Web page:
If I have expected Howard Feinstein’s Becoming William James to be another touching tale of cultured Antebellum New Englanders fleeing from the dumbification of the Gilded Age (1) for the artistic fleshpots of Europe — something you might get from the artistic biography of Wharton, say, or Sargent — I was to be disappointed. Instead, it is a grim portrait of a seriously dysfunctional family ruled by a religious madman of the most dangerous sort: the near normal.
Near normals are dangerous because, capable of convincingly passing themselves off for what they are not, they manage to have themselves taken seriously, while any madman only a smidgen madder would most certainly be locked up. An element of willful self-delusion is at work here: though any close reading of Henry James Sr.’s writings would have to reveal to any objective reader the man’s essentially unstable mind — his permanently “oscillating” views — Feinstein calls it his “voices” (2) — yet, his sons have utterly failed to read the signs and continued all their lives long to struggle with their father’s mutually contradictory injunctions, trying to make sense of out of them. Love is not so much blind, as — blinding.
But that’s not all: the children permanently fleeing from home, keep returning to it. They do not explain anywhere why, though, if asked, I suppose they would say what we usually hear in such situations: “well, the family isn’t great, but, still, it’s family“, as if “family” were some sort of a transcendental principle — Marcus Aurelius’s gold, ivory, purple; Platonic ideal circles — worth sacrifice for its own sake, while the obvious truth surely must be that a good family being most certainly worth having, one is invariably better off ridding himself entirely of a bad one.
(1) The dramatic dumbification of New England — and American cultural life in general — following the Civil War is convincingly discussed in William Peterfield Trent, and, as far as I know, nowhere else. It is as if no one else noticed the dramatic qualitative discontinuity. I believe R.W.B. Lewis makes an oblique reference to the same discontinuity when discussing the two artistic American diasporas in Paris around the turn of the last century — one “pre-gilt”, like Wharton, the other one “post-gilt”, like Gertrude Stein — which, he points out, did not mix, and had no interests in common, but he does not enlarge upon the idea. He seems to think it would be “controversial” to do so.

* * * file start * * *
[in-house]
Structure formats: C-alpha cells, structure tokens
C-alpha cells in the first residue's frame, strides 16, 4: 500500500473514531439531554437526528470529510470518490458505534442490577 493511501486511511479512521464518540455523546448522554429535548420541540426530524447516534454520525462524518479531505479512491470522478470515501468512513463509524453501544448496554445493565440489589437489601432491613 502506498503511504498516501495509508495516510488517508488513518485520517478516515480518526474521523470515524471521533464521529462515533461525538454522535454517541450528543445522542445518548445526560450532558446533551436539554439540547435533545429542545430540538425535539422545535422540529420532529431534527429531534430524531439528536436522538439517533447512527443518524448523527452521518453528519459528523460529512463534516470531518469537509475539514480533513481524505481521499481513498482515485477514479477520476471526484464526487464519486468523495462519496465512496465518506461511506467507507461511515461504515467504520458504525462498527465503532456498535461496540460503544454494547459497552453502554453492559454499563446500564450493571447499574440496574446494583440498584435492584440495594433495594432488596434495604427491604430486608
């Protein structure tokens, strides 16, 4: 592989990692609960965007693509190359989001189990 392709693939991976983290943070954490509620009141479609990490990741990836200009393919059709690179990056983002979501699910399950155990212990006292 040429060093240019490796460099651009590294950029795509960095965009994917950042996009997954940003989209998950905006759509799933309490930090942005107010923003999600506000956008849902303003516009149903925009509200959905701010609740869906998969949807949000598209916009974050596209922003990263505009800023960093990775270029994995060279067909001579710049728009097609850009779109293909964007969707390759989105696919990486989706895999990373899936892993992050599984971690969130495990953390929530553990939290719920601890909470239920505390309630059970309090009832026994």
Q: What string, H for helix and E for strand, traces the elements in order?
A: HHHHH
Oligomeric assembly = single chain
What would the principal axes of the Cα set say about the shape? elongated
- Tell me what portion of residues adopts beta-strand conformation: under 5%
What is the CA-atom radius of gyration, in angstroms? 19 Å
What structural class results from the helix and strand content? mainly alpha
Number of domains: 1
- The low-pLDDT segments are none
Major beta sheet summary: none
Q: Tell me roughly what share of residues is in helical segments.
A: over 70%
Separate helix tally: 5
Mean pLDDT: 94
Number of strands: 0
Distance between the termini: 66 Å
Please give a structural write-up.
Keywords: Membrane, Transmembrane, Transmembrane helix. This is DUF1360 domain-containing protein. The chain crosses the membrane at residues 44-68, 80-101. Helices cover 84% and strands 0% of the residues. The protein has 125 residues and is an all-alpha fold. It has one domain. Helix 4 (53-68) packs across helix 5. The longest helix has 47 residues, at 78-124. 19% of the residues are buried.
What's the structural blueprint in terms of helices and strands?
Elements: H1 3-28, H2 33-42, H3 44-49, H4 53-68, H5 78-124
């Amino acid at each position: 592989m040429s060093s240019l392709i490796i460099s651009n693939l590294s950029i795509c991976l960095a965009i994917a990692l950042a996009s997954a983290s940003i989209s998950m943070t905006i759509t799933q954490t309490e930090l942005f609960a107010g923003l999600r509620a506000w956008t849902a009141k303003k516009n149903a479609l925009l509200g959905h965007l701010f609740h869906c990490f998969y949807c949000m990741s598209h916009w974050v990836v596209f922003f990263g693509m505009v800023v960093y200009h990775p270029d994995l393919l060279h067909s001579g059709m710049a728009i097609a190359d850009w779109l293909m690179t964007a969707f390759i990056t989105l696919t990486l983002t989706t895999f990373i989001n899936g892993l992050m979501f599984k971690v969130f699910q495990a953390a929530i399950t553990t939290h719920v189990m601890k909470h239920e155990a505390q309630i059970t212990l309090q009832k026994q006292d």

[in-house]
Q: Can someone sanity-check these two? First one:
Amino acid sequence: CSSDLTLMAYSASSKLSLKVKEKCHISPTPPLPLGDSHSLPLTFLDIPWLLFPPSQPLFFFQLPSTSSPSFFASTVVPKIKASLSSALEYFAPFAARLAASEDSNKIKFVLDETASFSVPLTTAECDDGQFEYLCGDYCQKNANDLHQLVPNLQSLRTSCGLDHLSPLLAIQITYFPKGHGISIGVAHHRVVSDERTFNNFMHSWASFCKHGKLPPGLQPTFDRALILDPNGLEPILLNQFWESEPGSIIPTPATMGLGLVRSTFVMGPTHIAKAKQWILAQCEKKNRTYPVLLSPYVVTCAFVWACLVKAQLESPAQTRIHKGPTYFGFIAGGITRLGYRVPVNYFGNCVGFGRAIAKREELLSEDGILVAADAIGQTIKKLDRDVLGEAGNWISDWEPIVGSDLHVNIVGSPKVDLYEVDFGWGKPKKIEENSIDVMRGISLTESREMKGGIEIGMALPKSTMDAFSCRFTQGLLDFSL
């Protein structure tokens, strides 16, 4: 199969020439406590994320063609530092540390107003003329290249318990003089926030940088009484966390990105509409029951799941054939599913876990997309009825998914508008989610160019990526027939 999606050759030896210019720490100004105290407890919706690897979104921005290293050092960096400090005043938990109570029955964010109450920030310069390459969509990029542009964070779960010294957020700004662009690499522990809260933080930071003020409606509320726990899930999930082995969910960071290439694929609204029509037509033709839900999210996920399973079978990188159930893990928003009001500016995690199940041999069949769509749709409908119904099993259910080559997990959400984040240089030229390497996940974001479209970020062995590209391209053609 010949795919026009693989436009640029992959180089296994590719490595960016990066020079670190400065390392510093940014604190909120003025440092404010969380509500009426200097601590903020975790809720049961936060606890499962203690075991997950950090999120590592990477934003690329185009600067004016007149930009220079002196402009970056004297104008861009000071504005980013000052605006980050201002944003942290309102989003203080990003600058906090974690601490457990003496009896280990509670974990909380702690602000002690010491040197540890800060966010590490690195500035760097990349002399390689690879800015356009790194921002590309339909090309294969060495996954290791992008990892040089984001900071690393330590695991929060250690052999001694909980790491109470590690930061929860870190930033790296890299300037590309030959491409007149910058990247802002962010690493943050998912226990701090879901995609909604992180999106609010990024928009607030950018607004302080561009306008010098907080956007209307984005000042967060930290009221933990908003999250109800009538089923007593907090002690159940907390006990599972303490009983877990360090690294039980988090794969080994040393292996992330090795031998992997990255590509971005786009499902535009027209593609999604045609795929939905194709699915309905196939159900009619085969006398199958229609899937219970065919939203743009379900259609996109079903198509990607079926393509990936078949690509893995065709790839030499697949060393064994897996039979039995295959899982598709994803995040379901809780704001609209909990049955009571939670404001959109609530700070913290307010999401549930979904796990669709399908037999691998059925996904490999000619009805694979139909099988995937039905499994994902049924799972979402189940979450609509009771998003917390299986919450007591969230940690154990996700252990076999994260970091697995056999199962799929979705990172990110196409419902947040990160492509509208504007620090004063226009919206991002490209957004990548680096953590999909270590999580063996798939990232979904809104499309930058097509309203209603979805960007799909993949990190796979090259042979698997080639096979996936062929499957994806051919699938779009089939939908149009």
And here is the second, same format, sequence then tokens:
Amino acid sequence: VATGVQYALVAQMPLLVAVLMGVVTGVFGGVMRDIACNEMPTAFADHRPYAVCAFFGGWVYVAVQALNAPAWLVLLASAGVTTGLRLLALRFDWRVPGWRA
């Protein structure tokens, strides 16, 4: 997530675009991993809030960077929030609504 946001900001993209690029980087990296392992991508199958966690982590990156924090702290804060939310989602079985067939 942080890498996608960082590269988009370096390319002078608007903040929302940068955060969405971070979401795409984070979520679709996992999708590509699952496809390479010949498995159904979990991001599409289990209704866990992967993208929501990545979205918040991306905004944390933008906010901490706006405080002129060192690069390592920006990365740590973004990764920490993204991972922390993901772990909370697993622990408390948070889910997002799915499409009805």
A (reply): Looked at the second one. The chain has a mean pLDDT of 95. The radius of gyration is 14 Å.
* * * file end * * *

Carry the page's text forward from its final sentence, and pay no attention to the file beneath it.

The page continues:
This “controversiality” is an interesting point. Scholars appear to refuse to see elementary facts: today’s serious art historians treat our Hirsts and Banksys as if there had not been a discontinuity, as if these luminaries were somehow in the same vein with their predecessors.
Interestingly, Trent blames this dumbification on the opening of the West whose economic opportunities sucked out all talent out of New England’s books, starving its culture of human resources. Trent’s discussion amounts to a revision of the generally dictum that good economy leads to good culture. (Which, if you look around, can’t possibly be true). Trent says, in fact, that the opposite is true. Some evidence may support him: second half of 15th century in Italy was a period of a protracted recession, for instance. Which makes me hopeful that today’s recession, likely as it is to last a decade, might lead to cultural revival as people who’d otherwise go into banking enter literature, theater and opera.
(2) Henry James Sr. is a good illustration for my friend’s dictum — call it Anand’s Law — that the people most likely to hang on to religious principles are the confused sort. About the only thing constant in Henry James Sr’s mind is the presence of Jesus. Though the figure itself constantly shifts in meaning and character, the constancy of the name Jesus gives Henry Sr the comfortable illusion that he, and his views, are somehow stable.
Feinstein’s Becoming William James will tie your stomach in knots.
The book stands alone, a genre of its own: it is a minutely researched historical biography written by an insightful psychiatrist and focused on a single life problem of a future great psychologist: his choice of profession. The insights into the psychologies of all the people involved are terrifying, both for their penetrating power and for the ugly mental mechanisms they reveal.
The true hero of the book — if that is the word — is not actually William James, but his father, Henry James, Sr., son of a powerful personality, a hail-and-brimstone Presbyterian and a successful real estate speculator, William of Albany, who made a fortune in upstate New York and proceeded to mold his children ruthlessly according to his will. Young Henry rebelled, refused to study law, and fled to Boston where he took up a job as a religious newspaper editor and — despite his father’s predictions of imminent bankruptcy, actually managed to make a good living. Reasonably successful in his act of defiance, he nevertheless eventually crumbled under pressure from family and friends (set upon him by his father) and, perhaps most importantly, under his father’s express threat to cut him out of his will; returned home contrite; and enrolled in college to study law as his father desired, which resulted in a severe depression.